Just to remind you, according to Blackrock’s end-2009 ETF Landscape survey, Europe has 829 exchange-traded funds, but these have 2,371 listings on 18 exchanges from 34 providers. Then add in ten or so MTFs (multilateral trading facilities – no one seems to know the exact number), possibly 11 “dark pools” (crossing networks which do not display orders publicly), multiple clearing and settlement systems, and you have the kind of chaos on the trading front that leaves regulators struggling to cope.
“There are many things that are not very clear (about dark pools),” Eddy Wymeersh, chairman of the Committee of European Securities Regulators (CESR), told the European Parliament in December, according to Reuters.
Apparently the CESR is staffing up to try and cope with the proliferation of new trading platforms.
According to Roy Zimmerhansl, a 30-year veteran of the markets and owner of FinTuition, who invited me to his excellent in-house seminar on securities lending yesterday, European regulators are devoting great attention to the area of securities finance, since questions of collateral, collateral management and the interconnectedness of different trading and settlement platforms all affect the stability of the financial system as a whole.
Zimmerhansl expects 2010 to be a year of plentiful new regulations, with the SEC’s new short-sale restrictions (announced on Tuesday) an example of this.
All in all, though, this is not an easy area to understand and I’m sure plenty of us are struggling to get our heads around the complexities of the European share market infrastructure.
For that reason, I’m particularly looking forward to the two trading-related panels we’ll be holding at our Inside ETFs Europe conference in a little over six weeks’ time, where the invited experts should be able to throw some light on the subject. If you haven’t yet registered, please do so – places are filling up fast.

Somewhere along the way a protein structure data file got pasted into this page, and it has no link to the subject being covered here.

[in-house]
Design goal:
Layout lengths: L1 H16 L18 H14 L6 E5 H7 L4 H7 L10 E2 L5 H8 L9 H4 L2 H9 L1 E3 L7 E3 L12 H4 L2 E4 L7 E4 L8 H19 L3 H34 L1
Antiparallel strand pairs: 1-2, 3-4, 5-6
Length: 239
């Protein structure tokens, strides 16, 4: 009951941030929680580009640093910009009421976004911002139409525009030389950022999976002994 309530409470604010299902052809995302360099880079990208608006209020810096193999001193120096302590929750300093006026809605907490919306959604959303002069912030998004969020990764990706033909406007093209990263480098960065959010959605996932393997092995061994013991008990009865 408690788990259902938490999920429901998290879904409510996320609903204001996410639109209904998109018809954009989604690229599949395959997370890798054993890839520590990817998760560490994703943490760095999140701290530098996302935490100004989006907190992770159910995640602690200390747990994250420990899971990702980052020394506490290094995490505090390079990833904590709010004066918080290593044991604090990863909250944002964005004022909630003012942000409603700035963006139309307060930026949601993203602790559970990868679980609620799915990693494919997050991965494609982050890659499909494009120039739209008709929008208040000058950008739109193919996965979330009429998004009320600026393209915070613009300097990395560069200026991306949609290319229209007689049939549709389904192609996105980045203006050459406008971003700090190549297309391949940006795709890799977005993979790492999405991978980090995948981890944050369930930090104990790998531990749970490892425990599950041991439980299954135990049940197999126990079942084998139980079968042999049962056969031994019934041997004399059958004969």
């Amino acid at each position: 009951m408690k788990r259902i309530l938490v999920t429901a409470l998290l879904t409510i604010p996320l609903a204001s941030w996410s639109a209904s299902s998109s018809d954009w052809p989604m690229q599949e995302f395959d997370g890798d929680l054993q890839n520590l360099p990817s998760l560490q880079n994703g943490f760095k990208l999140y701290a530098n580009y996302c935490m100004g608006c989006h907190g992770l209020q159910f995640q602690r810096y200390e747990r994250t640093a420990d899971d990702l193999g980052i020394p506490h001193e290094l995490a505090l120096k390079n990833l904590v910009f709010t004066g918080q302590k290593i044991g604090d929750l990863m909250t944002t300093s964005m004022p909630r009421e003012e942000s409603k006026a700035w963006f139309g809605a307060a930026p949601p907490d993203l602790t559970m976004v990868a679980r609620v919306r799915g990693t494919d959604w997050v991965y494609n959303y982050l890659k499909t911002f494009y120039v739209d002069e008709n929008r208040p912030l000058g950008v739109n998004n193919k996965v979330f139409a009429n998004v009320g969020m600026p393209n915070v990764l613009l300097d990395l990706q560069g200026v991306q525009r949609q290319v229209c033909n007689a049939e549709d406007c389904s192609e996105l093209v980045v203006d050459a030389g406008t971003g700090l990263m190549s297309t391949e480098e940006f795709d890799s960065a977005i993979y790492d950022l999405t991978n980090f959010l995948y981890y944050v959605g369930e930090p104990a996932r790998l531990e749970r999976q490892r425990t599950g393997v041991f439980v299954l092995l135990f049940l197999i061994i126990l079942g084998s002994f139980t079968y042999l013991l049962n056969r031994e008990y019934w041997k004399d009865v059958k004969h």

But, to try and answer the question you pose in your blog, Matt, there may be too many me-too ETFs in Europe, but this is an inevitable consequence of the proliferation of markets and trading venues. And while there may be too many DJ Euro Stoxx 50 ETFs – 12 at the last count – a commentator on the syndicated Seeking Alpha version of the blog pointed out that a UK investor has no ETFs on the benchmark CAC40 or DAX country indices to choose from. So while there are many ETF listings, there are still gaps in the product offerings available to retail investors in the different European markets.
All in all, this suggests to me that it will take some time before European ETFs can trade at the razor-thin, single penny spreads that are available for many US-listed funds. But we’re getting there, and the sheer number of participants in the European exchange-traded funds business is what makes this industry such a fascinating one to cover.